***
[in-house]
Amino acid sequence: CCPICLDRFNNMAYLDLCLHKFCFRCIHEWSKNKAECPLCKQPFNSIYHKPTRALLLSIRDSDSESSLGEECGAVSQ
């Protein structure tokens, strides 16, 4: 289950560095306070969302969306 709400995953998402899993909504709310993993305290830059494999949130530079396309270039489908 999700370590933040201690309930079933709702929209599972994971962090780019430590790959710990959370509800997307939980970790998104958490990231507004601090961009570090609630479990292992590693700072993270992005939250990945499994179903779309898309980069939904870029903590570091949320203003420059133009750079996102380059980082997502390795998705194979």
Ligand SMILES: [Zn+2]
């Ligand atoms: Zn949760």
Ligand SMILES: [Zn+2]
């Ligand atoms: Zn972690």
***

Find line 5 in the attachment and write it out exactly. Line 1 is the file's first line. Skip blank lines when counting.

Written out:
């Ligand atoms: Zn949760």